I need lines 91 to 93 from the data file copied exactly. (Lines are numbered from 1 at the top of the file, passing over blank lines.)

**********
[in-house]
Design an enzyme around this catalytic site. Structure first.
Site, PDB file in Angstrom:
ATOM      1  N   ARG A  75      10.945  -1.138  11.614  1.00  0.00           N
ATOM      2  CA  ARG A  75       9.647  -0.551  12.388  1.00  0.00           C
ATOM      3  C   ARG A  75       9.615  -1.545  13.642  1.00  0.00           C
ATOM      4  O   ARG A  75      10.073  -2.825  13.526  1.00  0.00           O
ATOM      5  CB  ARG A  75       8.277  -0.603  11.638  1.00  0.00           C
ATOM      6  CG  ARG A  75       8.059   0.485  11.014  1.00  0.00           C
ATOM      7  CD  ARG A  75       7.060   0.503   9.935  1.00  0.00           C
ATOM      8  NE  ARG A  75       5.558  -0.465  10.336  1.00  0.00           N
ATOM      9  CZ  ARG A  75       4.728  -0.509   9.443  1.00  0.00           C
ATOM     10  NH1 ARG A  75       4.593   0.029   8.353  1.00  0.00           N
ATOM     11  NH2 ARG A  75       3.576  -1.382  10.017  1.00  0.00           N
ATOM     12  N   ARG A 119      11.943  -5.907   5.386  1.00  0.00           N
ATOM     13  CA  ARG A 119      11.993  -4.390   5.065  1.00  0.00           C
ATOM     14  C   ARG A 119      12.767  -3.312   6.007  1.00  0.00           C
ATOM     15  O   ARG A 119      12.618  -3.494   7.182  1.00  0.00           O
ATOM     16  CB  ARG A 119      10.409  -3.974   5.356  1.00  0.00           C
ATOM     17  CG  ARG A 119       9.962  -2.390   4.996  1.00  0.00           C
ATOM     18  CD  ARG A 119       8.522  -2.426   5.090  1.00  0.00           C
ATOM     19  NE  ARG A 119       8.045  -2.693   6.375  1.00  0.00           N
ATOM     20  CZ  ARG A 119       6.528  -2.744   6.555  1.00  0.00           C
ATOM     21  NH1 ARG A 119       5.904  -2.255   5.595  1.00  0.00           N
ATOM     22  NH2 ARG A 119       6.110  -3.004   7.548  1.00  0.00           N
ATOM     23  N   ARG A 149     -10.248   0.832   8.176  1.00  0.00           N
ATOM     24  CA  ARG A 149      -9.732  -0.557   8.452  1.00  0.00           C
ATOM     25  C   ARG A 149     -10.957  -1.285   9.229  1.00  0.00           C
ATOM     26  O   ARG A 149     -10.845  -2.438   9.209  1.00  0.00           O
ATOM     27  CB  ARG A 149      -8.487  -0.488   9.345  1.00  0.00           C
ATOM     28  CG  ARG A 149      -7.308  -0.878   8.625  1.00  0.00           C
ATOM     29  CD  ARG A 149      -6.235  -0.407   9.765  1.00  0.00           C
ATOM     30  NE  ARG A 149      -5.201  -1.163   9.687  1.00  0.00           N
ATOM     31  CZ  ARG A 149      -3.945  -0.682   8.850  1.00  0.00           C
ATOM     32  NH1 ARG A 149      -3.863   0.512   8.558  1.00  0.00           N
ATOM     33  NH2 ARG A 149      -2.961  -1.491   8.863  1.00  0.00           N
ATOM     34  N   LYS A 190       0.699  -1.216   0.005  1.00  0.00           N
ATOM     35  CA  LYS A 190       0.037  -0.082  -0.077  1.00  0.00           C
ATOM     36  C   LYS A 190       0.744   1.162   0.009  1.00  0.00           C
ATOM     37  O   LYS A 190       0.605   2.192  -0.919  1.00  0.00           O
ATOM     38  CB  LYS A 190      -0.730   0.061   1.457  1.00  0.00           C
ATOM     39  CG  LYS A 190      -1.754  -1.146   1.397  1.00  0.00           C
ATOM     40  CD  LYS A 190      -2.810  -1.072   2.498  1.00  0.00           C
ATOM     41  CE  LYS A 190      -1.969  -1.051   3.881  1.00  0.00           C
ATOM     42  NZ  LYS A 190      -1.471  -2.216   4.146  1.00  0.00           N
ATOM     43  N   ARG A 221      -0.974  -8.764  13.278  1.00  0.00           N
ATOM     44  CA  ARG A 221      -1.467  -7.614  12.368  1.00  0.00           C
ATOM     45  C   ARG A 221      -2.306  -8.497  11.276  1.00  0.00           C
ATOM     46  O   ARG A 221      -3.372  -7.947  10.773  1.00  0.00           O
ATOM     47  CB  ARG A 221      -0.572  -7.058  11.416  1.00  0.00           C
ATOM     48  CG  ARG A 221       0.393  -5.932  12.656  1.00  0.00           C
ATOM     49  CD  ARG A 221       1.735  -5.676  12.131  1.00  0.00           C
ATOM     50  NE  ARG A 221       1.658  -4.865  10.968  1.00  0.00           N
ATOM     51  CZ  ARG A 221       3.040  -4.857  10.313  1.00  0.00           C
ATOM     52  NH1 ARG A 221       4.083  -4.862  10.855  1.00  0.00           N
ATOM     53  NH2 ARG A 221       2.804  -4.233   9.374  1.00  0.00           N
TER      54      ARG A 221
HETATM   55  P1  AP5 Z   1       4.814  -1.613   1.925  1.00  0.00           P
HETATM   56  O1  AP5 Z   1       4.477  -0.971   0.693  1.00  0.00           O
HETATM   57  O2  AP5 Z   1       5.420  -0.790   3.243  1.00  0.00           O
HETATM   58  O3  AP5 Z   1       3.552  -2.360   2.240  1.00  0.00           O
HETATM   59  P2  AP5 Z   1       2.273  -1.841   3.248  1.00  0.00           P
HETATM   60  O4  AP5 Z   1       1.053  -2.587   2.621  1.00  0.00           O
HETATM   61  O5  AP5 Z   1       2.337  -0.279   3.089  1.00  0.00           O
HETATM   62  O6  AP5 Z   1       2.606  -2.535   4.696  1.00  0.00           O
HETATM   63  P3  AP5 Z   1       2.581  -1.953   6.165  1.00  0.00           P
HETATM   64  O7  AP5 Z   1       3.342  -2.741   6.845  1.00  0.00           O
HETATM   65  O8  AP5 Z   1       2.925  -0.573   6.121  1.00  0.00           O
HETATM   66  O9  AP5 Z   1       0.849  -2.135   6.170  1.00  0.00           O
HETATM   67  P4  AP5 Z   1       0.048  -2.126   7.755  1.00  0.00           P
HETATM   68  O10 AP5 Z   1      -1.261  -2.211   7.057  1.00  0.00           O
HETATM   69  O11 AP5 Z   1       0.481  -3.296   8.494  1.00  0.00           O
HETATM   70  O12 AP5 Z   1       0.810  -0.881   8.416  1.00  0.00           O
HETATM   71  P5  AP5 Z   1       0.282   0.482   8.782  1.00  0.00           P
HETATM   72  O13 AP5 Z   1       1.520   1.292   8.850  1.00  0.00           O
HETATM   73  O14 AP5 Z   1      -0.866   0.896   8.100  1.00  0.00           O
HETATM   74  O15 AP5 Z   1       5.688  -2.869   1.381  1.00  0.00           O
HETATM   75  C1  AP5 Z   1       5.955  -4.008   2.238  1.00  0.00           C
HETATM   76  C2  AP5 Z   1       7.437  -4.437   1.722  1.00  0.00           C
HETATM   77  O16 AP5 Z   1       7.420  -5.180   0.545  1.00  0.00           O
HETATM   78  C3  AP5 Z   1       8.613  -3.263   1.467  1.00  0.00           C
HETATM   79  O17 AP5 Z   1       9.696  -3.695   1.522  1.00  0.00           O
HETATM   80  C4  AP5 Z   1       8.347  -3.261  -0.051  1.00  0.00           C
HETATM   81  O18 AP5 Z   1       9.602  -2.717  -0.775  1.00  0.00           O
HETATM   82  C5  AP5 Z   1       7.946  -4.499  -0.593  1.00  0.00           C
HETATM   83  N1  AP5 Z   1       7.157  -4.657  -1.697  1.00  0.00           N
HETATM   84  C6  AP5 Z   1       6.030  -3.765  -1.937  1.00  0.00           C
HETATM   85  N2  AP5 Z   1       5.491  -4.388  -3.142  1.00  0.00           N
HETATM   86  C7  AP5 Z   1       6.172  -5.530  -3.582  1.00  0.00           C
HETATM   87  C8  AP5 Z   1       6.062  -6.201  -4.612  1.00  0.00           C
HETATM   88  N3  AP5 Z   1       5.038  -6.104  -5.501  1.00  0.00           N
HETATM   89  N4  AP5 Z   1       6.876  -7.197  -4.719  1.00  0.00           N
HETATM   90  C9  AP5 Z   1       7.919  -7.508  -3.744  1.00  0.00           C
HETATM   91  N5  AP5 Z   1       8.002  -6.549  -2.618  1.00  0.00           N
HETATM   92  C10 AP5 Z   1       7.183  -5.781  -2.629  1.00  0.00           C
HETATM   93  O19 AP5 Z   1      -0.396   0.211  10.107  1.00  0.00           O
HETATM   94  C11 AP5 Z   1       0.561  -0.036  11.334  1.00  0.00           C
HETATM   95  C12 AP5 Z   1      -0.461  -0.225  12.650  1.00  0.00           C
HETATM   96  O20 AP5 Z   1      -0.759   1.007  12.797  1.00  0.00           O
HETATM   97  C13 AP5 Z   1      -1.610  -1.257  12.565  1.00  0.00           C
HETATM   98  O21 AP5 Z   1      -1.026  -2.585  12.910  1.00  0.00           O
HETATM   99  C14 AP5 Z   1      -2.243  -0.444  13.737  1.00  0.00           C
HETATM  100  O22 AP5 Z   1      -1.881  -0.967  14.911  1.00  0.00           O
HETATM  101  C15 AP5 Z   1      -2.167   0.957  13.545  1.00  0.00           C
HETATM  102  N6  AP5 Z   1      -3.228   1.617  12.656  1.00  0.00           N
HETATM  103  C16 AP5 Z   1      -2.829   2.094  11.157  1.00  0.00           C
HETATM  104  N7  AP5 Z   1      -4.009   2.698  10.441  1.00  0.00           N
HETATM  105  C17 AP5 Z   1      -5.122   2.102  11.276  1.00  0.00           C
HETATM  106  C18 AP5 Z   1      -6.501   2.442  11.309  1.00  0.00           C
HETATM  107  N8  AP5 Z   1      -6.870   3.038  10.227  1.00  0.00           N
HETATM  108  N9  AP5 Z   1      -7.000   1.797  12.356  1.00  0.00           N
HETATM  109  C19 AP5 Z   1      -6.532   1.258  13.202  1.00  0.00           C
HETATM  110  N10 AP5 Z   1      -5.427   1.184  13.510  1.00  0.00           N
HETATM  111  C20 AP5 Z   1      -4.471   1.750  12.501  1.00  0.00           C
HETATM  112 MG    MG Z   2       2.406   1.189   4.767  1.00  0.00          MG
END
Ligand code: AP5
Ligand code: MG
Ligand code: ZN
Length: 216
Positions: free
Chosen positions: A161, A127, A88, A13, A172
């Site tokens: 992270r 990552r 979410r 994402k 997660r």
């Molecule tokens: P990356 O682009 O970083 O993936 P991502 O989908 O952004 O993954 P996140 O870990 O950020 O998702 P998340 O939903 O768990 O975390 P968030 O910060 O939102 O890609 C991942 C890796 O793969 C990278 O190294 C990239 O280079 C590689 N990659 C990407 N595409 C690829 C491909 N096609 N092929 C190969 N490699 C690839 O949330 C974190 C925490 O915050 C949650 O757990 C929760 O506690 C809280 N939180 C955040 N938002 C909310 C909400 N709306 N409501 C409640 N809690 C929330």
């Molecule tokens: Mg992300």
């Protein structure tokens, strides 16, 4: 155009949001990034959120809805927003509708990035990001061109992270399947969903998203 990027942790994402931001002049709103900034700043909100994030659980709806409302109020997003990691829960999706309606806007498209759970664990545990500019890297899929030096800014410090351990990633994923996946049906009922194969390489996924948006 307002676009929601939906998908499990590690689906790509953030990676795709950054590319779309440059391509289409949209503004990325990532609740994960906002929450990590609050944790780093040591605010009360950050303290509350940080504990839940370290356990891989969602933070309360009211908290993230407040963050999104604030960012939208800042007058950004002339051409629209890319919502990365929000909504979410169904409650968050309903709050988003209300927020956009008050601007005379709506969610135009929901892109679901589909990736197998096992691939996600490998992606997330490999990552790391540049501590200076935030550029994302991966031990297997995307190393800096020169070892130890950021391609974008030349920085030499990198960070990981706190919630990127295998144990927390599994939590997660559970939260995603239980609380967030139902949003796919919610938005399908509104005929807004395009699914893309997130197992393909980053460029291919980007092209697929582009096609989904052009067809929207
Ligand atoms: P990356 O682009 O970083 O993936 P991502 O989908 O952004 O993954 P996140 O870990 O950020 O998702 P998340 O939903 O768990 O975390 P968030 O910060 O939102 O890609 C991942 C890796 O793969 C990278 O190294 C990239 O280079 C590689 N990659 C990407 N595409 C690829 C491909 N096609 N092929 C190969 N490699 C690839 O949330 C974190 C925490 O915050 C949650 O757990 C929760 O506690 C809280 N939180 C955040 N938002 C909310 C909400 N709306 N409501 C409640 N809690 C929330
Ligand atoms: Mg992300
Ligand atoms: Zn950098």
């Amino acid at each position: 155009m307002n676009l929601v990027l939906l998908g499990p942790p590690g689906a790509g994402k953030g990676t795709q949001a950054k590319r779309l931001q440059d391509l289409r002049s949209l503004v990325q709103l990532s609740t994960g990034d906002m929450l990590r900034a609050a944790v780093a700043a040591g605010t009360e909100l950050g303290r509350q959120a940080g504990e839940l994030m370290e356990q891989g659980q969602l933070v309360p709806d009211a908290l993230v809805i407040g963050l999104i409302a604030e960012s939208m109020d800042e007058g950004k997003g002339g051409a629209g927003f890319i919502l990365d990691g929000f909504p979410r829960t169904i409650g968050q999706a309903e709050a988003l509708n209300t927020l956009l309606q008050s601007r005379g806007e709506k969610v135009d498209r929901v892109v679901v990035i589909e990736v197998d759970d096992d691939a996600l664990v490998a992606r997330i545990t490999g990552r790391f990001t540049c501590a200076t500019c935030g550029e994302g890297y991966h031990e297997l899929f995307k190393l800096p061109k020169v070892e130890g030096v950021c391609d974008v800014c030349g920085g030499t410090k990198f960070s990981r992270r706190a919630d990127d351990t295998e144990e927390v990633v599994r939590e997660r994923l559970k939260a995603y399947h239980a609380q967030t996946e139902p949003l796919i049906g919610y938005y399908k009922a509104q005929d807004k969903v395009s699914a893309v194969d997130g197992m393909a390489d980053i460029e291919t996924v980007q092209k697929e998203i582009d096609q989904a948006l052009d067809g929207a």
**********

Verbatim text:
HETATM   88  N3  AP5 Z   1       5.038  -6.104  -5.501  1.00  0.00           N
HETATM   89  N4  AP5 Z   1       6.876  -7.197  -4.719  1.00  0.00           N
HETATM   90  C9  AP5 Z   1       7.919  -7.508  -3.744  1.00  0.00           C